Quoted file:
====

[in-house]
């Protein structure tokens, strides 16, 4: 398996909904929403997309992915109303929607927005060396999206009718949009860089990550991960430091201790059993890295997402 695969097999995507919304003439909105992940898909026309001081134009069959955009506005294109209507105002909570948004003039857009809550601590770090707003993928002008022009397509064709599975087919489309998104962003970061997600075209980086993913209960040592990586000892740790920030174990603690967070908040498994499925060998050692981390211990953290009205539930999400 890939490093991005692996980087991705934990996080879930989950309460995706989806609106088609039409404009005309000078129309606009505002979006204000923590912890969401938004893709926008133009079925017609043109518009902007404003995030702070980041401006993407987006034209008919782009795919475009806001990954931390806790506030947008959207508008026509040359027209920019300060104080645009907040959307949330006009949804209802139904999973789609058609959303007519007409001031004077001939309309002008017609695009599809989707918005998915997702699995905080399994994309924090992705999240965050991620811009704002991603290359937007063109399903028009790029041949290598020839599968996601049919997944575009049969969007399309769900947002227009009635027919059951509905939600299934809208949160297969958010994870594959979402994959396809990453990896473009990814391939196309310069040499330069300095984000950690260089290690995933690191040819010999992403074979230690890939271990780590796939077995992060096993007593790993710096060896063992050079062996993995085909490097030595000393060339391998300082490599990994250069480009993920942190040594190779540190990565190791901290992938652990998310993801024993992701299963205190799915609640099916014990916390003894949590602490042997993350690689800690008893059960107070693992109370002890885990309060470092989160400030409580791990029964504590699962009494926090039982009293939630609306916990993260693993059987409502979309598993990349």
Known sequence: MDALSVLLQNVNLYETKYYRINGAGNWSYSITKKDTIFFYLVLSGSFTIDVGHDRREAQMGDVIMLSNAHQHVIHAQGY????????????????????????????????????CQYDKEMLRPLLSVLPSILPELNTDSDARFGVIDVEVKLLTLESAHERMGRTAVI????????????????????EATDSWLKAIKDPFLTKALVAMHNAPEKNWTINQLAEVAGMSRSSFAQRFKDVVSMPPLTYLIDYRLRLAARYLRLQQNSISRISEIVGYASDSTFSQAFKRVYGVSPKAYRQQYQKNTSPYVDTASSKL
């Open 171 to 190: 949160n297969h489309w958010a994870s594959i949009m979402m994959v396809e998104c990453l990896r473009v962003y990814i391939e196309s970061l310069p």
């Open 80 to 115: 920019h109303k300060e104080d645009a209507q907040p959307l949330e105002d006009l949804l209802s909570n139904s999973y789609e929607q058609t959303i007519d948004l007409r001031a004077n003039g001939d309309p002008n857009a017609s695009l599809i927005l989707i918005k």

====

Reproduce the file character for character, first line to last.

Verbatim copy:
[in-house]
């Protein structure tokens, strides 16, 4: 398996909904929403997309992915109303929607927005060396999206009718949009860089990550991960430091201790059993890295997402 695969097999995507919304003439909105992940898909026309001081134009069959955009506005294109209507105002909570948004003039857009809550601590770090707003993928002008022009397509064709599975087919489309998104962003970061997600075209980086993913209960040592990586000892740790920030174990603690967070908040498994499925060998050692981390211990953290009205539930999400 890939490093991005692996980087991705934990996080879930989950309460995706989806609106088609039409404009005309000078129309606009505002979006204000923590912890969401938004893709926008133009079925017609043109518009902007404003995030702070980041401006993407987006034209008919782009795919475009806001990954931390806790506030947008959207508008026509040359027209920019300060104080645009907040959307949330006009949804209802139904999973789609058609959303007519007409001031004077001939309309002008017609695009599809989707918005998915997702699995905080399994994309924090992705999240965050991620811009704002991603290359937007063109399903028009790029041949290598020839599968996601049919997944575009049969969007399309769900947002227009009635027919059951509905939600299934809208949160297969958010994870594959979402994959396809990453990896473009990814391939196309310069040499330069300095984000950690260089290690995933690191040819010999992403074979230690890939271990780590796939077995992060096993007593790993710096060896063992050079062996993995085909490097030595000393060339391998300082490599990994250069480009993920942190040594190779540190990565190791901290992938652990998310993801024993992701299963205190799915609640099916014990916390003894949590602490042997993350690689800690008893059960107070693992109370002890885990309060470092989160400030409580791990029964504590699962009494926090039982009293939630609306916990993260693993059987409502979309598993990349």
Known sequence: MDALSVLLQNVNLYETKYYRINGAGNWSYSITKKDTIFFYLVLSGSFTIDVGHDRREAQMGDVIMLSNAHQHVIHAQGY????????????????????????????????????CQYDKEMLRPLLSVLPSILPELNTDSDARFGVIDVEVKLLTLESAHERMGRTAVI????????????????????EATDSWLKAIKDPFLTKALVAMHNAPEKNWTINQLAEVAGMSRSSFAQRFKDVVSMPPLTYLIDYRLRLAARYLRLQQNSISRISEIVGYASDSTFSQAFKRVYGVSPKAYRQQYQKNTSPYVDTASSKL
């Open 171 to 190: 949160n297969h489309w958010a994870s594959i949009m979402m994959v396809e998104c990453l990896r473009v962003y990814i391939e196309s970061l310069p």
């Open 80 to 115: 920019h109303k300060e104080d645009a209507q907040p959307l949330e105002d006009l949804l209802s909570n139904s999973y789609e929607q058609t959303i007519d948004l007409r001031a004077n003039g001939d309309p002008n857009a017609s695009l599809i927005l989707i918005k």